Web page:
Venezuela

by Kellin McGowan (June 2021)

Who?

Nearly 5.5 million refugees and migrants have fled from Venezuela due to the country’s economic instability, famine, and violence.

Here are the Key Players: 

President Nicolás Maduro: Current president of Venezuela preceded by Hugo Chávez. During his tenure, President Maduro has overseen Venezuela’s economic downfall, quelled many protests using the military, stacked the court system with loyalists so as to limit the power of his perceived political opponents, and blocked foreign humanitarian aid from countries such as the U.S. The Nicaraguan economy’s failures has been viewed as one of the main contributing factors to its rampant crime.

Tribunal Supremo Justicia (The Supreme Tribunal of Justice): Highest court in Venezuela. This court has issued a series of controversial rulings during the Maduro administration that were met with intense public protest: in 2015, the Court blocked some elected officials from taking power; and, in 2017, the Court blocked one of Maduro’s opponents from taking part in their 2017 elections.  

Latin America, U.S.: Countries including, but not limited to, Brazil, Mexico, Ecuador, and the United States have welcomed migrants and refugees from Venezuela. Further, countries such as the U.S. have sent direct, monetary assistance to this region: since the 2017 U.S. financial year, the U.S. government has provided $865 million to alleviate the country’s humanitarian and economic crisis. The U.S,. Brazil, Colombia, and the European Union do not recognize Maduro’s administration, questioning the legitimacy of his election. The U.S. specifically advises its citizens against traveling to the region given the civil unrest and violence. 

Citizens: Maduro, who won his first election by 1 percentage point, was once relatively popular; however, given the country’s current state, 63%  of Venezuelans want him gone. This decreased support is a result of several deadly protests that have occurred under his administration, a failing economy, and violent crime that has ruined the lives of many Venezuelan families. 

What? 

Venezuela is in the midst of a political and humanitarian crisis stemming from governmental corruption and a failing economy. Certain Latin American countries have become safe havens for Venezuelans desiring to flee from the U.S. While the U.S. is accepting of refugees, a significant part of the country’s support has been monetary. 

When?

Some of Venezuela’s problems started decades ago, even before the presidency of Maduro’s predecessor; however, the year 2014 represents the start of the country’s economic spiral. During this year, the country’s economy experienced a significant nosedive, leading to the country’s current crisis.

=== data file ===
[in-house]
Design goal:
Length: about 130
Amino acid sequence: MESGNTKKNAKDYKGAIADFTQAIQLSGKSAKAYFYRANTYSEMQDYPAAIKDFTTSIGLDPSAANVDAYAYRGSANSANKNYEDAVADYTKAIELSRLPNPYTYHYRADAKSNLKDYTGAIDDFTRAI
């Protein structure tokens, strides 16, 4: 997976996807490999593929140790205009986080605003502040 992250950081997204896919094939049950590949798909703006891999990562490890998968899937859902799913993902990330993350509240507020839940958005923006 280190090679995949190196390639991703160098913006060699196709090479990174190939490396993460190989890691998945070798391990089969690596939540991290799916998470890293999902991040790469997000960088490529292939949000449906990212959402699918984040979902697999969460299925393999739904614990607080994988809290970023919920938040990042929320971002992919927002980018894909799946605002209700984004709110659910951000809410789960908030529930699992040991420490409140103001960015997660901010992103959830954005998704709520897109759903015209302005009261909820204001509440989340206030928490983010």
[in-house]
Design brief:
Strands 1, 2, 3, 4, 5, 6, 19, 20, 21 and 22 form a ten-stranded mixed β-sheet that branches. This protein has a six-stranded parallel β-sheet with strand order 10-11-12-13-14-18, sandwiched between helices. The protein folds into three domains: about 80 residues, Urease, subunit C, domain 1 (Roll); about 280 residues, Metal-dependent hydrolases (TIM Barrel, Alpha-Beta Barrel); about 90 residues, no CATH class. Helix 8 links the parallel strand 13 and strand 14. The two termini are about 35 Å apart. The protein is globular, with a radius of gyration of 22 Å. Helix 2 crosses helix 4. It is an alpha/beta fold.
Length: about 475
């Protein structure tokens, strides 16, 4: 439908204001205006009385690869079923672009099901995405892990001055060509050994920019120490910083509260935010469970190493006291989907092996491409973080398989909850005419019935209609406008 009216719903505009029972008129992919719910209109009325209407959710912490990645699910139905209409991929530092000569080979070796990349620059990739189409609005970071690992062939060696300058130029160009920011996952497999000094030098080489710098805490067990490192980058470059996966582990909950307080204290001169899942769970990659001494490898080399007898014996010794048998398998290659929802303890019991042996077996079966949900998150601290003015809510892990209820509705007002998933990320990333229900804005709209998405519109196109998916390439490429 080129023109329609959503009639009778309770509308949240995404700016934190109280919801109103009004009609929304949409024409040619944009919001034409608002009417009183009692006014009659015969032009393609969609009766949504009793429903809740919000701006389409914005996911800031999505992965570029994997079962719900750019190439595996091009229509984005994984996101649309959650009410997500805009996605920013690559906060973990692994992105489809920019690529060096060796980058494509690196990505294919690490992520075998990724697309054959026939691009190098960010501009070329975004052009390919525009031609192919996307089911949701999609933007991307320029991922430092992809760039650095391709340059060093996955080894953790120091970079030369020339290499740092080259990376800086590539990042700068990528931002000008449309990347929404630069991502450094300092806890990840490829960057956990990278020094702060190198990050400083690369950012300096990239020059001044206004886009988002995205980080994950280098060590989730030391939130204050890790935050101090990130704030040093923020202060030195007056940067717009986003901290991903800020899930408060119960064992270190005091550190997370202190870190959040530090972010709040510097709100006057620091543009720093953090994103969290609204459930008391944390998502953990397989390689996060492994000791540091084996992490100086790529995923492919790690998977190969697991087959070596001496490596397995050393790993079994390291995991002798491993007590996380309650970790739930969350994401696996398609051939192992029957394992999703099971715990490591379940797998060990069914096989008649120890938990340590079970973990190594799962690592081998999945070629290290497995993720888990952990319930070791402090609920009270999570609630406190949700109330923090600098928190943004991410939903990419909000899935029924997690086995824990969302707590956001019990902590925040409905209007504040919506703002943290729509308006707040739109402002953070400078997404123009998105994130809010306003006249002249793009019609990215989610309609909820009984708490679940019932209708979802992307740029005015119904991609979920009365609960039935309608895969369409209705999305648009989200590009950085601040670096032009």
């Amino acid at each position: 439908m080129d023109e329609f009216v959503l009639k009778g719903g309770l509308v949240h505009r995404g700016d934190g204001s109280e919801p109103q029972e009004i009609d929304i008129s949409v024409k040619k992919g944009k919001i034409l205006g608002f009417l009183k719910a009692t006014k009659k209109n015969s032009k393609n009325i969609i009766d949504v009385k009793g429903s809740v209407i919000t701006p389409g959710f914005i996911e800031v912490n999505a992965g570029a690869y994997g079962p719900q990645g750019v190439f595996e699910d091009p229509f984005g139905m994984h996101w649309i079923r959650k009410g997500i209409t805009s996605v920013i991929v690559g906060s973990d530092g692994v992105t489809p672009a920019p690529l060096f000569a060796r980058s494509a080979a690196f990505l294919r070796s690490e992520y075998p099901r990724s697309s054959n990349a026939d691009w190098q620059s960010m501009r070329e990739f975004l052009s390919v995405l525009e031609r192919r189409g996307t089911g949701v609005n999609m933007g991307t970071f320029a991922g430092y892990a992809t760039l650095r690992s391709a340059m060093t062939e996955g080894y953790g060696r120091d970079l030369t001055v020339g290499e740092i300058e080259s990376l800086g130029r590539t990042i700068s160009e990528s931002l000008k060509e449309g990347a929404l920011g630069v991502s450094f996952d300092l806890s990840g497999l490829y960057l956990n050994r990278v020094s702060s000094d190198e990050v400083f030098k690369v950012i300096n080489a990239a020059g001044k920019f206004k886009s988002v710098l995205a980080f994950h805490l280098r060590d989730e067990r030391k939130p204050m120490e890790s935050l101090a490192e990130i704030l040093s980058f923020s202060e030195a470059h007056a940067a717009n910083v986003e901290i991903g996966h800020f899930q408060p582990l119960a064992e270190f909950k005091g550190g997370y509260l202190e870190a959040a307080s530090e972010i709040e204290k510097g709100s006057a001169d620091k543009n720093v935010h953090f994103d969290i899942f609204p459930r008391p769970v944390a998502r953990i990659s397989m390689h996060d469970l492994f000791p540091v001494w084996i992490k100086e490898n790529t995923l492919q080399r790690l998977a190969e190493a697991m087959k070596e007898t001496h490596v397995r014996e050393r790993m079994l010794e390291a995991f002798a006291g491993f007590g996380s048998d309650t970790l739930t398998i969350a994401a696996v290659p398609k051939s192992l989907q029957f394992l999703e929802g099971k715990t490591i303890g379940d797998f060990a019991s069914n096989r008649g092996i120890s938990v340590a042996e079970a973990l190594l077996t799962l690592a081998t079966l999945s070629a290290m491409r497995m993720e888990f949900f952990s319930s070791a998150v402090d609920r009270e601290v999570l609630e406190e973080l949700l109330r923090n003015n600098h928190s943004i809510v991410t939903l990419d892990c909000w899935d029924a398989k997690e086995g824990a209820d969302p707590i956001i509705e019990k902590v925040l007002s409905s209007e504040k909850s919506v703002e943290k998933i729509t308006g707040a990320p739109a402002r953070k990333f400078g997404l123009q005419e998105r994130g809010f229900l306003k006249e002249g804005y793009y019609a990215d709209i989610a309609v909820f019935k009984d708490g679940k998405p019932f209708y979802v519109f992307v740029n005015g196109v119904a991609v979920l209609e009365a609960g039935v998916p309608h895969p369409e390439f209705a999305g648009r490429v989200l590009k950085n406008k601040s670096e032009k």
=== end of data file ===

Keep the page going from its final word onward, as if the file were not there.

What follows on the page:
Where? 

Over 60% of Venezuelans say they go to bed hungry, and over 65% say they have lost 25 pounds in the past year. The economic crisis, then, is significant because of its widespread nature.

Equally as widespread is the violence. The most violent state, in the view of the United States, is the state of Miranda, followed by Bolivar. The U.S. State Department considers travel to Venezuela a Level 4 threat, the highest level threat on the department’s scale. 

Why? 

Because of the Venezuelan government’s continued spending, a decrease in the price of oil, and political corruption, the economy plummeted and, consequently, most Venezuelans live in poverty. In fact, two years ago, 96% of Venezuelans lived in poverty, while 70% lived in what would be considered extreme poverty. Additionally, these very families are often the victims of crime. In 2019, there were over 16,000 murders. The breakdown of these numbers is significant: over 6,500 were a result of criminal homicide, 5,000 were a result of governmental violence, and the rest were inconclusive. 

So why is it so hard for Venezuelan refugees to find refuge? 

One of the largest displacement events in the world, the situation in Venezuela is significant. What makes this situation especially unfortunate is that the countries that generally accept these people—Argentina, Brazil, and Columbia, for example, are on the verge of oversaturation. 

Sources: 

https://www.state.gov/u-s-relations-with-venezuela/

https://www.unhcr.org/en-us/venezuela-emergency

https://www.hrw.org/world-report/2020/country-chapters/venezuela

https://www.history.com/news/venezuela-chavez-maduro-crisis

https://usunrome.usmission.gov/under-maduro-nearly-all-venezuelans-live-in-poverty/

https://www.osac.gov/Country/Venezuela/Content/Detail/Report/0e6ed0e0-eb8e-44cc-ab81-1938e6c8d93f